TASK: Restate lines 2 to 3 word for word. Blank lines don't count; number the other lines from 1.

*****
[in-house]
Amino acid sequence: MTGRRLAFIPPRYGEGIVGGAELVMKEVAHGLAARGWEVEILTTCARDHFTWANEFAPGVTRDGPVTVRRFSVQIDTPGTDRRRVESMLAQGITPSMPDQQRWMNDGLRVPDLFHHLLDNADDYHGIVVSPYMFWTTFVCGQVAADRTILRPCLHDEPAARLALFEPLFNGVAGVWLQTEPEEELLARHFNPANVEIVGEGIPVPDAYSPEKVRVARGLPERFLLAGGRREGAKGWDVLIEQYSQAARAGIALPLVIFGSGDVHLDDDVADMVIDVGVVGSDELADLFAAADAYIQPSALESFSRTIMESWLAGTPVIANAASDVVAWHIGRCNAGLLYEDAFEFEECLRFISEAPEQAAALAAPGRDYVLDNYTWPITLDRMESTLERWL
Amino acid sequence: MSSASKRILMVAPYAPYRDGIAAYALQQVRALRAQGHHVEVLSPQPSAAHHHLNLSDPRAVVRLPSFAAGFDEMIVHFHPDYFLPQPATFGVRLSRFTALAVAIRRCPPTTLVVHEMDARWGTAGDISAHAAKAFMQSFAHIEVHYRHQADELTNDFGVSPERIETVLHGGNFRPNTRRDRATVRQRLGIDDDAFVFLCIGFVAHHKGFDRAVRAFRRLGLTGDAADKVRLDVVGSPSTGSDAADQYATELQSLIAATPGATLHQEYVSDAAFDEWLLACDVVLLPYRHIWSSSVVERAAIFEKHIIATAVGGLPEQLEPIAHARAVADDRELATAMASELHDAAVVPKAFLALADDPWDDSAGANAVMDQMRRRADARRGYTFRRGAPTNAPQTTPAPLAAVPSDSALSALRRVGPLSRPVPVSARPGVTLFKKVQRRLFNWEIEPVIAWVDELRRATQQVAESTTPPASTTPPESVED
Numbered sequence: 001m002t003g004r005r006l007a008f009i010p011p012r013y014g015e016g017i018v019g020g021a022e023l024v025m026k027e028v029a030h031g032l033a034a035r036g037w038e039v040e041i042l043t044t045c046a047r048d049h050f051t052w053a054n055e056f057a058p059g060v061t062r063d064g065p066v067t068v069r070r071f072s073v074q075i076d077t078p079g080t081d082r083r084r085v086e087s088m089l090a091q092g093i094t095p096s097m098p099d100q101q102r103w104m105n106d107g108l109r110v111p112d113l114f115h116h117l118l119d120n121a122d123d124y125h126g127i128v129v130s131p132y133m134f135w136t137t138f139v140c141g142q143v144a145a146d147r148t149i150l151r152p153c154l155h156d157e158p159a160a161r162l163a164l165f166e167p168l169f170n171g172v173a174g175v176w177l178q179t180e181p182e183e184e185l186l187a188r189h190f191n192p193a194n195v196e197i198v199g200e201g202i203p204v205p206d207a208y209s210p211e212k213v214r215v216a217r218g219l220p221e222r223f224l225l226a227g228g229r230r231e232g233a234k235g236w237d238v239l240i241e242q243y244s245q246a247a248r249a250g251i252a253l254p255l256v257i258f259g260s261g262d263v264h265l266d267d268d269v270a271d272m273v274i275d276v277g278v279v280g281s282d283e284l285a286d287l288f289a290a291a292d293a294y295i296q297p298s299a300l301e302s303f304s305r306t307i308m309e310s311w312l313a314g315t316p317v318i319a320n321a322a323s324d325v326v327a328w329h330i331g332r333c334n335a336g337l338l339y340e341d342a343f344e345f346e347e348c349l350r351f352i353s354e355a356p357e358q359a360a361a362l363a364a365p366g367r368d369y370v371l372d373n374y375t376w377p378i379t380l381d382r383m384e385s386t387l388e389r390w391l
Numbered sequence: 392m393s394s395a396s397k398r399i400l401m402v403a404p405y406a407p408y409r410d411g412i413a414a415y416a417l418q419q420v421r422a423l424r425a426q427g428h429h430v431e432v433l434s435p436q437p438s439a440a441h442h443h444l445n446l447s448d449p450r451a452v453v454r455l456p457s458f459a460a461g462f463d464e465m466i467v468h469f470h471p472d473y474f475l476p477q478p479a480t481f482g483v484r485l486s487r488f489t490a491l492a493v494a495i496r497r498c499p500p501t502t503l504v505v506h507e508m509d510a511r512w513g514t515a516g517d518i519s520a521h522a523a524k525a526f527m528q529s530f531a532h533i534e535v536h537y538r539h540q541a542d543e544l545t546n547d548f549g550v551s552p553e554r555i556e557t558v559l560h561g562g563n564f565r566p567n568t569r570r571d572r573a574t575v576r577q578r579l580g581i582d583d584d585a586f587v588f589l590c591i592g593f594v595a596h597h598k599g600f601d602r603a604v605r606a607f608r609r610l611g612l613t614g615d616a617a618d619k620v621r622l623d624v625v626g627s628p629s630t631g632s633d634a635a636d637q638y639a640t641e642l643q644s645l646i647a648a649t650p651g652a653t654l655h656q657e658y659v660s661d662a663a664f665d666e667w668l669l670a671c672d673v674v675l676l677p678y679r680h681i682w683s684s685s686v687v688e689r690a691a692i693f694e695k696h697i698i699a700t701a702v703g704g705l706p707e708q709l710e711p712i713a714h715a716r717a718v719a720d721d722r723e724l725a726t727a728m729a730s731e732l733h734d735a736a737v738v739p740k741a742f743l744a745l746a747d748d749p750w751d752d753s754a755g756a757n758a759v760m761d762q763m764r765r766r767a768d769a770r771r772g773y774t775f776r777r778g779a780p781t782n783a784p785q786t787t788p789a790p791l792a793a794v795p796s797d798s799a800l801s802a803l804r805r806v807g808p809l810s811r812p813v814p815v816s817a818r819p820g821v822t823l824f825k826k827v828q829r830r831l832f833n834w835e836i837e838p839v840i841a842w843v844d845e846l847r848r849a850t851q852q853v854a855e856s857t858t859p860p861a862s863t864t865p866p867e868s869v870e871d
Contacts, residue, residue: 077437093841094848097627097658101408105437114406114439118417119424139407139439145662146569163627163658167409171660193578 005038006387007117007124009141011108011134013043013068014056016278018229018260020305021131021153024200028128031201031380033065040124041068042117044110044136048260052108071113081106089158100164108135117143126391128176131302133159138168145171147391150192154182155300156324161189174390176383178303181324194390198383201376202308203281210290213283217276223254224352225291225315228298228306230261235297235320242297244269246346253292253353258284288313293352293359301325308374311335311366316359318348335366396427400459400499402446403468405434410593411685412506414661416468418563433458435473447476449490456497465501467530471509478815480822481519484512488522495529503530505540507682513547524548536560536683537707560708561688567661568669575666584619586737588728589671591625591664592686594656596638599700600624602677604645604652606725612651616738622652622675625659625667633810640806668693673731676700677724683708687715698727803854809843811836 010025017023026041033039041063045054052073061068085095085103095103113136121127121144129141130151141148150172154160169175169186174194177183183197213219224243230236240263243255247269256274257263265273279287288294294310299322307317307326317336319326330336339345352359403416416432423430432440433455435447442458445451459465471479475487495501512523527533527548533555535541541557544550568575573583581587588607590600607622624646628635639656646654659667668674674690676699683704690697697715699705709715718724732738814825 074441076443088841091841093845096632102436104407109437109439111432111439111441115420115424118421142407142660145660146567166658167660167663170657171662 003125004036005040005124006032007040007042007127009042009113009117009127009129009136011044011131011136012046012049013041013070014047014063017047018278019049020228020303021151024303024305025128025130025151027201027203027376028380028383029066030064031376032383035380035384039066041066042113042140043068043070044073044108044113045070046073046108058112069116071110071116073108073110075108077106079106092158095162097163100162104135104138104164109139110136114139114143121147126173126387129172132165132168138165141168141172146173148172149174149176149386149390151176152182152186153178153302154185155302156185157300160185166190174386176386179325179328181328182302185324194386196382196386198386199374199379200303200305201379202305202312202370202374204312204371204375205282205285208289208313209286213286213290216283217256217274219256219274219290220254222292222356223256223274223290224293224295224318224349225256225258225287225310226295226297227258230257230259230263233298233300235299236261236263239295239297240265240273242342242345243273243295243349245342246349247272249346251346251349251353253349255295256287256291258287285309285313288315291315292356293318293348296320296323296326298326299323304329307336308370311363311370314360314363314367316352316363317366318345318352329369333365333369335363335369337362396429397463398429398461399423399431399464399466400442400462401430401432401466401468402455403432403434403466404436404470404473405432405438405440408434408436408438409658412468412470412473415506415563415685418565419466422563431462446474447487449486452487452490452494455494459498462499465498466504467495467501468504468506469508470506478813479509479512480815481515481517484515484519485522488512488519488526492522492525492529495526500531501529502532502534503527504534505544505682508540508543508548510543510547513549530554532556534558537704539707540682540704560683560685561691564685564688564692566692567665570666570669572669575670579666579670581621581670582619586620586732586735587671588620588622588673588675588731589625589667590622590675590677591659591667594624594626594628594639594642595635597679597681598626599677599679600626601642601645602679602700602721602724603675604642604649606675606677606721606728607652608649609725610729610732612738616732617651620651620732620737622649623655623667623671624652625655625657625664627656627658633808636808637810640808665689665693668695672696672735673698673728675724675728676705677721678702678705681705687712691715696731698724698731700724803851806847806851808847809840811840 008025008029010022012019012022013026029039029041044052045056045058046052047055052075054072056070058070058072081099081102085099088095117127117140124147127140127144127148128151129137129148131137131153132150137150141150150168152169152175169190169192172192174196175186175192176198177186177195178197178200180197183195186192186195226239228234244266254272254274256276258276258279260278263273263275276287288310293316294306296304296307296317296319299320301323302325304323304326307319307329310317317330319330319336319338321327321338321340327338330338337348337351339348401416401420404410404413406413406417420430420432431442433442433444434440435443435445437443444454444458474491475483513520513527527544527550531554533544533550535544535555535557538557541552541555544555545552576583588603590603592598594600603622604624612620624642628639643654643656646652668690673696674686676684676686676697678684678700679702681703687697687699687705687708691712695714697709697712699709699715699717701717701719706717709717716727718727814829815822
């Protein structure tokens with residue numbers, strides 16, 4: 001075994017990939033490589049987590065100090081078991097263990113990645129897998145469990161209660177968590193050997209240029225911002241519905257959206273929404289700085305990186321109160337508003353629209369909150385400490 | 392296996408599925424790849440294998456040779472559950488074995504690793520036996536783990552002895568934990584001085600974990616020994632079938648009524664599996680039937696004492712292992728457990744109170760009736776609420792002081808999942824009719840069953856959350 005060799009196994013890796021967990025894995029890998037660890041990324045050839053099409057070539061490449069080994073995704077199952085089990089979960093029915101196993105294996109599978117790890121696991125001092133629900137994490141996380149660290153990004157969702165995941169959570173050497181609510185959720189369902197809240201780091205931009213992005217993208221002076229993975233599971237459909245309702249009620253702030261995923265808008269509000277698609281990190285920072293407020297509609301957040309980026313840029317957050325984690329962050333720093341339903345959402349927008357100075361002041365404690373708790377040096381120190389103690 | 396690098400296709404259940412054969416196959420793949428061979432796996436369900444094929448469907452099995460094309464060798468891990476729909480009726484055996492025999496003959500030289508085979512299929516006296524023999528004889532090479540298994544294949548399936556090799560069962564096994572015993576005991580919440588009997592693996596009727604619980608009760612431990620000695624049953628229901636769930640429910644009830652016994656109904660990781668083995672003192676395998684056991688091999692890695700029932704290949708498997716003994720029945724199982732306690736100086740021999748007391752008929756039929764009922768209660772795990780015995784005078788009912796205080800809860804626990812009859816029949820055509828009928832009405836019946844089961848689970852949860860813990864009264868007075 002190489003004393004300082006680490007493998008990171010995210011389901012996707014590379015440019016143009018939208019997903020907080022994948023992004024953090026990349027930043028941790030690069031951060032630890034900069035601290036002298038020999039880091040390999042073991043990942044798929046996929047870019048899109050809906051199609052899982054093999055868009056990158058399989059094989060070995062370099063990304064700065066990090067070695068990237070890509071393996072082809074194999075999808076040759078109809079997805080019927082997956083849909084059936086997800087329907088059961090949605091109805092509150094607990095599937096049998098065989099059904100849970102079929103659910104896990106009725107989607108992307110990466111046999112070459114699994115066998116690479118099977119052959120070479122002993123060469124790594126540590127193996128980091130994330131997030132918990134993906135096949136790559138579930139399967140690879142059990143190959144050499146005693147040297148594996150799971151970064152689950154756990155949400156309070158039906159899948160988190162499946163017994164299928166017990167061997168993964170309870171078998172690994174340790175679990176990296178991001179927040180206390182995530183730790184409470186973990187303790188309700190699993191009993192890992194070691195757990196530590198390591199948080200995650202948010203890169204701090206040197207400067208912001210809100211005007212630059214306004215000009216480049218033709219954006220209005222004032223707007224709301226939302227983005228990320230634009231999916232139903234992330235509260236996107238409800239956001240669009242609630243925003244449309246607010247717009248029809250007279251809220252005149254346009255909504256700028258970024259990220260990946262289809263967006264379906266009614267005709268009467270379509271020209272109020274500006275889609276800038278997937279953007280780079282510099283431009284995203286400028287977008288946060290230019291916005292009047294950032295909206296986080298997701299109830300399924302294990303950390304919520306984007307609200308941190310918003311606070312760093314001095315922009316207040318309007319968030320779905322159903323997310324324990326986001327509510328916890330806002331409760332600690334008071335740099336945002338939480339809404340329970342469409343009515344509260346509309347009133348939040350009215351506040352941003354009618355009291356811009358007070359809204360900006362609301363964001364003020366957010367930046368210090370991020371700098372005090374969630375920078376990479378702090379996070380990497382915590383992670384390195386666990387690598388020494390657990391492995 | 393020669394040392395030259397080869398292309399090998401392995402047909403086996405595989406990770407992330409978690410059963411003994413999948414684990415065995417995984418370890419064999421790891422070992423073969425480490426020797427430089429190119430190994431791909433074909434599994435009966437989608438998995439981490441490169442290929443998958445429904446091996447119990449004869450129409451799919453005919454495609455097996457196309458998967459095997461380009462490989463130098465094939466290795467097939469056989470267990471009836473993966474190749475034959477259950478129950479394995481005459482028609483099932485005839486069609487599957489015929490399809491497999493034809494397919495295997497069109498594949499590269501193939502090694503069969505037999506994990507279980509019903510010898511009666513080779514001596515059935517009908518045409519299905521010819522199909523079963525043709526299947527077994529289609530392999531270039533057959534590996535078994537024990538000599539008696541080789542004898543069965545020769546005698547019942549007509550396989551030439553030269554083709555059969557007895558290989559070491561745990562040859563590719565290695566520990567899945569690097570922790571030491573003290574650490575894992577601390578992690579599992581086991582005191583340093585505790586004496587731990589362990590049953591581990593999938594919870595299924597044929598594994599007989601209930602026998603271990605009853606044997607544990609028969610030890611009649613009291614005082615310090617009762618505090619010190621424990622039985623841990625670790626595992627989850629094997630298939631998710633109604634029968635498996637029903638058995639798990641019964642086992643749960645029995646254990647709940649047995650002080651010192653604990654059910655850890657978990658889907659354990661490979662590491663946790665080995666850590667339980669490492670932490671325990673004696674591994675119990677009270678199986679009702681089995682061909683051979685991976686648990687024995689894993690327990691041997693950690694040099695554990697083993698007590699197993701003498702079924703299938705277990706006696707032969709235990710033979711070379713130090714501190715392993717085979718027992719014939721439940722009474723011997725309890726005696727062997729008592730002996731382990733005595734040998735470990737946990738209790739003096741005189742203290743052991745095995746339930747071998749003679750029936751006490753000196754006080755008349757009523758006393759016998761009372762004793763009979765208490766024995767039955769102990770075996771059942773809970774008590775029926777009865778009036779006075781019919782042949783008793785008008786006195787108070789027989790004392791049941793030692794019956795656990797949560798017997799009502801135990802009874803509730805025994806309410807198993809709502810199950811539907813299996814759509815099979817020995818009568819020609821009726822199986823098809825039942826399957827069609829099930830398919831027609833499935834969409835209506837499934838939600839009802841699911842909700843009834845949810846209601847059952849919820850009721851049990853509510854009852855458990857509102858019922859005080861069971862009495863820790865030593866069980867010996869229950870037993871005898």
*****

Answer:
Amino acid sequence: MTGRRLAFIPPRYGEGIVGGAELVMKEVAHGLAARGWEVEILTTCARDHFTWANEFAPGVTRDGPVTVRRFSVQIDTPGTDRRRVESMLAQGITPSMPDQQRWMNDGLRVPDLFHHLLDNADDYHGIVVSPYMFWTTFVCGQVAADRTILRPCLHDEPAARLALFEPLFNGVAGVWLQTEPEEELLARHFNPANVEIVGEGIPVPDAYSPEKVRVARGLPERFLLAGGRREGAKGWDVLIEQYSQAARAGIALPLVIFGSGDVHLDDDVADMVIDVGVVGSDELADLFAAADAYIQPSALESFSRTIMESWLAGTPVIANAASDVVAWHIGRCNAGLLYEDAFEFEECLRFISEAPEQAAALAAPGRDYVLDNYTWPITLDRMESTLERWL
Amino acid sequence: MSSASKRILMVAPYAPYRDGIAAYALQQVRALRAQGHHVEVLSPQPSAAHHHLNLSDPRAVVRLPSFAAGFDEMIVHFHPDYFLPQPATFGVRLSRFTALAVAIRRCPPTTLVVHEMDARWGTAGDISAHAAKAFMQSFAHIEVHYRHQADELTNDFGVSPERIETVLHGGNFRPNTRRDRATVRQRLGIDDDAFVFLCIGFVAHHKGFDRAVRAFRRLGLTGDAADKVRLDVVGSPSTGSDAADQYATELQSLIAATPGATLHQEYVSDAAFDEWLLACDVVLLPYRHIWSSSVVERAAIFEKHIIATAVGGLPEQLEPIAHARAVADDRELATAMASELHDAAVVPKAFLALADDPWDDSAGANAVMDQMRRRADARRGYTFRRGAPTNAPQTTPAPLAAVPSDSALSALRRVGPLSRPVPVSARPGVTLFKKVQRRLFNWEIEPVIAWVDELRRATQQVAESTTPPASTTPPESVED